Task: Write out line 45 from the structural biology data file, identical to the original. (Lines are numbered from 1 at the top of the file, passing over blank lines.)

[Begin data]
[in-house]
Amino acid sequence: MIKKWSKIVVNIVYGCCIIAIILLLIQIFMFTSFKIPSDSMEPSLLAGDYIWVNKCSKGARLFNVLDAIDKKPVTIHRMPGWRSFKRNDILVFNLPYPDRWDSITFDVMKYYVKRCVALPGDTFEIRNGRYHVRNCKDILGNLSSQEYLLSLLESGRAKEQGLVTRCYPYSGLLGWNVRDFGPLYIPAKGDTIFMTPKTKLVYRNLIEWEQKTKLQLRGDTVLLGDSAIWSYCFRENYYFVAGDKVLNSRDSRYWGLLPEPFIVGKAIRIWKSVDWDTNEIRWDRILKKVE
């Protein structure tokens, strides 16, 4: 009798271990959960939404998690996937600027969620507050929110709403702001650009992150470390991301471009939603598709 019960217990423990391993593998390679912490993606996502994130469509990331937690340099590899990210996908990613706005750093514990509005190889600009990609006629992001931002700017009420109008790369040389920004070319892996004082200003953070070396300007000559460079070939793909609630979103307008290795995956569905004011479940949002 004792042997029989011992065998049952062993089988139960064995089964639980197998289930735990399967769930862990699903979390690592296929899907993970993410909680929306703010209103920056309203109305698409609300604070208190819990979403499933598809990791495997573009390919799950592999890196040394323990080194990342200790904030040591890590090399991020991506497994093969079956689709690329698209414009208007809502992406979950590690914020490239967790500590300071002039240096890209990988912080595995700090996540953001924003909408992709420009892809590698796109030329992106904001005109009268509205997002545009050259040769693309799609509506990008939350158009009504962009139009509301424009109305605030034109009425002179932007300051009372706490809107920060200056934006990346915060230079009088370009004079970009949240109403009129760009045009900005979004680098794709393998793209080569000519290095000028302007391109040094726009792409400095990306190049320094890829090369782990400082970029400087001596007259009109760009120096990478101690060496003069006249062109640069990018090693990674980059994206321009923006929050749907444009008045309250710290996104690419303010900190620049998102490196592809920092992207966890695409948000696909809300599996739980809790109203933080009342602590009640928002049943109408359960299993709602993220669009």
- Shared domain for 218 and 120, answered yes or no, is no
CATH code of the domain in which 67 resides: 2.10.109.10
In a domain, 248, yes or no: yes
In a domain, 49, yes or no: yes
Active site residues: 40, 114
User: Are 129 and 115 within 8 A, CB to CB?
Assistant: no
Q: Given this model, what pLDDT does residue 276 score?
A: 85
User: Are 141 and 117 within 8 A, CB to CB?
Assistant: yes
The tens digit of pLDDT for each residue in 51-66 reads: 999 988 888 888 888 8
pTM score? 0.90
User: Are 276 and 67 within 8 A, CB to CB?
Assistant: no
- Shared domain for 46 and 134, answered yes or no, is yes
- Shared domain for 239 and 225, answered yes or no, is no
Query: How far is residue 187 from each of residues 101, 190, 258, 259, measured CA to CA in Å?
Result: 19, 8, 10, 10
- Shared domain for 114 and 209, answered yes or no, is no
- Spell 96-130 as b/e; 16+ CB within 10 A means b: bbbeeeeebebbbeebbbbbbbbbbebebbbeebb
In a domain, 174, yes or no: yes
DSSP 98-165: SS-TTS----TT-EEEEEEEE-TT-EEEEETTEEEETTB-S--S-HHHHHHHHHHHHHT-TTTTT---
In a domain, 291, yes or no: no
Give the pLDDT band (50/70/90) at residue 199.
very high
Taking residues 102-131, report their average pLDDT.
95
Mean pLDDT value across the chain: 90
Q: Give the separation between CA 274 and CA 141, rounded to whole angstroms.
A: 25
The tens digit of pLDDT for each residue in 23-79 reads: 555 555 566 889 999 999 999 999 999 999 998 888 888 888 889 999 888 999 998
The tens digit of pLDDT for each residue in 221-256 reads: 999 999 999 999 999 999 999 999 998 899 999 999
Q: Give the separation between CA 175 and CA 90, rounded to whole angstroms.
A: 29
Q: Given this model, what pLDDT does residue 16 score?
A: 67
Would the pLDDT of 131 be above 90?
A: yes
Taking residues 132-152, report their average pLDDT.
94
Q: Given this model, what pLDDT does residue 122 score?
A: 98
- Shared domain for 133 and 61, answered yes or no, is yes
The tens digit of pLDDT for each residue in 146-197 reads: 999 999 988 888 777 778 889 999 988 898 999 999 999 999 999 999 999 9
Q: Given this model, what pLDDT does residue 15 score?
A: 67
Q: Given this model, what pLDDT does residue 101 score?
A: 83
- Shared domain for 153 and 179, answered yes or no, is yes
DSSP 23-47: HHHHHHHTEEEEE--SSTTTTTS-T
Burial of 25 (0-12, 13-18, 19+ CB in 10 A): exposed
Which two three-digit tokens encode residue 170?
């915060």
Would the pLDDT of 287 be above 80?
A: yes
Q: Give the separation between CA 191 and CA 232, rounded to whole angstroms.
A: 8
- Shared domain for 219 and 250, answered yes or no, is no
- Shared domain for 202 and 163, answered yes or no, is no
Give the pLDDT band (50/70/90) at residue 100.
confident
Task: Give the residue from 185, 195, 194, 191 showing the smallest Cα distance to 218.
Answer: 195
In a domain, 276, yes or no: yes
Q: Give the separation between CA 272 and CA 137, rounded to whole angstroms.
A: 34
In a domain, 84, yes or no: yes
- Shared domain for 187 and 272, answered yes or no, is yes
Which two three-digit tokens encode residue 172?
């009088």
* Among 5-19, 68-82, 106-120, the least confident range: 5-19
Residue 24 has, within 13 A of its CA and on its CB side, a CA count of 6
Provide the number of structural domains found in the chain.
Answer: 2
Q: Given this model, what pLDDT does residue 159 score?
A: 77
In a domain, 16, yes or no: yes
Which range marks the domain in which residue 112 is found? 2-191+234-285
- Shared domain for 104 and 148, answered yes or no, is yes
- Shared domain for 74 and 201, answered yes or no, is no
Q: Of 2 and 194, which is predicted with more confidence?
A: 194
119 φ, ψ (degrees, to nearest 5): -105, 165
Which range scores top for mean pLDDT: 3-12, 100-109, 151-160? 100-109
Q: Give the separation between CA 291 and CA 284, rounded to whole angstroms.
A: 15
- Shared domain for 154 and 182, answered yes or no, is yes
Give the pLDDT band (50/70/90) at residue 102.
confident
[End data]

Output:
Q: Given this model, what pLDDT does residue 122 score?